Tuesday, 28 July 2015

A Garden Hunt...

....and a piece about the Common Tern and the Red Grouse.

Red-tailed Bumble bee. Pete Woodruff.

A recent hunt in our garden for insects turned up one or two of interest, including this smart Bombus lapidariuscommonly know as the Red-tailed Bumble bee, which I found on our Elecampane Inula helenium. Quite a large bee easily recognised by its long jet-black coat and pollen baskets, and red rear. 

Green Lacewing. Pete Woodruff.

If only for its bright green colour, red eyes, and delicate wings, another good find was the appropriately named Green Lacewing Nothancyla verreauxi. Despite their fragile appearance these insects are carnivorous, with both the adult and larvae devouring large numbers of aphids and other small insects. Rather bizarrely some species of the lacewing larvae camouflage themselves by fixing the drained skins of their victims to the backs....'Clik the pik' to enlarge.

The Conder Common Terns.

Common Tern Martin Jump

Despite having not seen the Conder Common Terns on my last visit five days ago and suggesting we may have seen the last of them having moved on, they were reported seen on the Lune Estuary at Glasson Dock on Sunday, and also the same day at Cockersands.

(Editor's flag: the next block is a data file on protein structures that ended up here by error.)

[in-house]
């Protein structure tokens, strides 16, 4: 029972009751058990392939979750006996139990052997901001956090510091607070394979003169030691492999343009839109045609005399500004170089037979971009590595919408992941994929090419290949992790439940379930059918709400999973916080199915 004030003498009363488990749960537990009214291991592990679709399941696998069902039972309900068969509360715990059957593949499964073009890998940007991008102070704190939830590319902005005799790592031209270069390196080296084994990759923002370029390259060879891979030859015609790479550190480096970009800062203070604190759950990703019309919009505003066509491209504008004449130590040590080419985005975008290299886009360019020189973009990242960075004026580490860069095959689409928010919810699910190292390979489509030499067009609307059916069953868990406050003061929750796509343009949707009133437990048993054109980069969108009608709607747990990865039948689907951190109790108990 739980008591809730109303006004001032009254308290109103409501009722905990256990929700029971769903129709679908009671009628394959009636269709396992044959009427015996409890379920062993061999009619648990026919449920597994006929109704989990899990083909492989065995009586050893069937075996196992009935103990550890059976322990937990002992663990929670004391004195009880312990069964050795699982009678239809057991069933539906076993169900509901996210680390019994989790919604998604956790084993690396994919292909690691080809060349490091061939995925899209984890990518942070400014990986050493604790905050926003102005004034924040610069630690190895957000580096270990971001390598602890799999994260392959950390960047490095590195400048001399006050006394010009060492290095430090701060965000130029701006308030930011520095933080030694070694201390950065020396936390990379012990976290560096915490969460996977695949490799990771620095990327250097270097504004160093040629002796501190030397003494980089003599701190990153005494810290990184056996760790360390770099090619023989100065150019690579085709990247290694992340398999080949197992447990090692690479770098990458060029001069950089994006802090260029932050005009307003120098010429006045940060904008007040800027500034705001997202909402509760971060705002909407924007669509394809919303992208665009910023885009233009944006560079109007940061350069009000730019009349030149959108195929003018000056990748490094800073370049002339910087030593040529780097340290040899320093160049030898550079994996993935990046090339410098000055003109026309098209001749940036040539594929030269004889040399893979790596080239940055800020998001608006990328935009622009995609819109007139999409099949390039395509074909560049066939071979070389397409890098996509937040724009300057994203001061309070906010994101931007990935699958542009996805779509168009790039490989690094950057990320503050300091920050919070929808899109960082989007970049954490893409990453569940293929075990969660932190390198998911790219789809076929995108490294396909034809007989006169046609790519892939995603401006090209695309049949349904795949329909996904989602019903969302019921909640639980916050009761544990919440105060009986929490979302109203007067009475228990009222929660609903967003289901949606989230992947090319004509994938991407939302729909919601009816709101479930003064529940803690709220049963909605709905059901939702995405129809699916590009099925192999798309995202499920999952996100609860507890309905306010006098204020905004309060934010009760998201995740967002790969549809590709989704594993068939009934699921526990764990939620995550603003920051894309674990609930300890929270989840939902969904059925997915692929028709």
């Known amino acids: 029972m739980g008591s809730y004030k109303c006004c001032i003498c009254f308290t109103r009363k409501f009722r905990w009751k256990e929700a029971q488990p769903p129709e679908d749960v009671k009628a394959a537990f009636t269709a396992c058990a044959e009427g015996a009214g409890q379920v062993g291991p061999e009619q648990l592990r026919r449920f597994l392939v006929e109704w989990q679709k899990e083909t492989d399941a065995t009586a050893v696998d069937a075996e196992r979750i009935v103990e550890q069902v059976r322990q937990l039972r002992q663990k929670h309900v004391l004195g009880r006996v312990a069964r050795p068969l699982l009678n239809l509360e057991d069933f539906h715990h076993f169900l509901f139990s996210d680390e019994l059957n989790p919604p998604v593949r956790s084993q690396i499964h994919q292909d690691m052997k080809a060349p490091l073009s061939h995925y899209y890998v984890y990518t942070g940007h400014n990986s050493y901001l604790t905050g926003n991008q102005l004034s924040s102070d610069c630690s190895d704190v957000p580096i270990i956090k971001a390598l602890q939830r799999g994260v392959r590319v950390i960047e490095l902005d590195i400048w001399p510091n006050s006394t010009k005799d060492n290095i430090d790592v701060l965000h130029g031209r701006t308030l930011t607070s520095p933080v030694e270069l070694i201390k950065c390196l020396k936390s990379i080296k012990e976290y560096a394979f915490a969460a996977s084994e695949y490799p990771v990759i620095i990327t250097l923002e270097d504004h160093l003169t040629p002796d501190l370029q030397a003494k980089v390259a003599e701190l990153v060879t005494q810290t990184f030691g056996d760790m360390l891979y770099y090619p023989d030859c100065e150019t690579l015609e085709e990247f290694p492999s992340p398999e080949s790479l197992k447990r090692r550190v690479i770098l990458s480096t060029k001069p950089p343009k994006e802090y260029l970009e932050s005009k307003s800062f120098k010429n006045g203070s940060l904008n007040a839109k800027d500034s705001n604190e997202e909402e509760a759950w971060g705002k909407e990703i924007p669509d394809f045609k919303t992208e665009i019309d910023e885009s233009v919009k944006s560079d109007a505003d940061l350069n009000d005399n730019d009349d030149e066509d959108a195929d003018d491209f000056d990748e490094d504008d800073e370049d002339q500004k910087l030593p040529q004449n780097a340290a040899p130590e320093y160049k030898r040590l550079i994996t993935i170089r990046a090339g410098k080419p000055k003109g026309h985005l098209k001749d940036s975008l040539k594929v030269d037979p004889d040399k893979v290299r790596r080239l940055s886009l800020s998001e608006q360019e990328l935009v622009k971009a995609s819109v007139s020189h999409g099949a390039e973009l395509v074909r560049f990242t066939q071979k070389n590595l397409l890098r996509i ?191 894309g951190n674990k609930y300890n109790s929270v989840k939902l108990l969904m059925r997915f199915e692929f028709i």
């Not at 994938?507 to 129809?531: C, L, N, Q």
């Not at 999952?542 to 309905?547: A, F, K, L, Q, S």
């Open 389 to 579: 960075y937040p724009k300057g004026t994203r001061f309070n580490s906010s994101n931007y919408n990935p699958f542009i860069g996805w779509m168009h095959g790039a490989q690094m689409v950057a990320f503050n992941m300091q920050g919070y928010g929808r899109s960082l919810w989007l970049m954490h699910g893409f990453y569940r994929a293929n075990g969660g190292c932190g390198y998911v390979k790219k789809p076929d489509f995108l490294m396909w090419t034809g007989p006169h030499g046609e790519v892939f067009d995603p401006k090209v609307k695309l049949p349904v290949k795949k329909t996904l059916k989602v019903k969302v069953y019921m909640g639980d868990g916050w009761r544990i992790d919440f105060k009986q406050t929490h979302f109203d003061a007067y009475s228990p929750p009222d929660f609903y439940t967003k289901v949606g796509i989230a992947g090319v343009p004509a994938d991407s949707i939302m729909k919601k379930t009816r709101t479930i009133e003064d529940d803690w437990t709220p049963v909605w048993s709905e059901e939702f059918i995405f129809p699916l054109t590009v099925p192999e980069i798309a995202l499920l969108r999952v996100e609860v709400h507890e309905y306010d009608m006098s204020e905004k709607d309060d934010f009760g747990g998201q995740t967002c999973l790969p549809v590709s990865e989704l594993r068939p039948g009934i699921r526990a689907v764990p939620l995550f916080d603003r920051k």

Grouse Shooting.

Grouse shooting for 'sport' is dependant on intensive habitat management which in the main damages protected wildlife sites and is directly to blame for the disappearing Hen Harriers. This land management also includes practices which increases the risk of flooding, water pollution, and also increases greenhouse gas emissions.
Red Grouse Simon Hawtin 
If you have'nt signed the Ban Driven Grouse Shooting petition yet, would you consider signing it Here 

Thanks to Martin and Simon for the excellent images.


Warren Baker said...

Good to a few images from Mr Woodruff :-)

Derek Faulkner said...

It might be helpful, as well as asking people to sign the petition, to tell them what is likely to happen to the moors in the unlikely event that driven grouse shooting is banned. Presumably they will still be owned by the same people that you allege is causing this damage, so will they find nastier ways of getting their own back, will they suddenly have a change of heart and turn them into nature reserves, will the RSPB rush out and buy the moors. So far I can't get anybody to suggest what will happen after the petition is successful.

Pete Woodruff said...

Warren....Thanks, hope you liked them, I just keep on trying.

Derek....Not replying to your comments here as I think you know I don't allow Birds2blog to become a chat room/discussion forum, but keep your eye on the blog as the subject about the grouse moors being much better off with land management and shooting is sure to raise it's head once again on here sooner rather than later.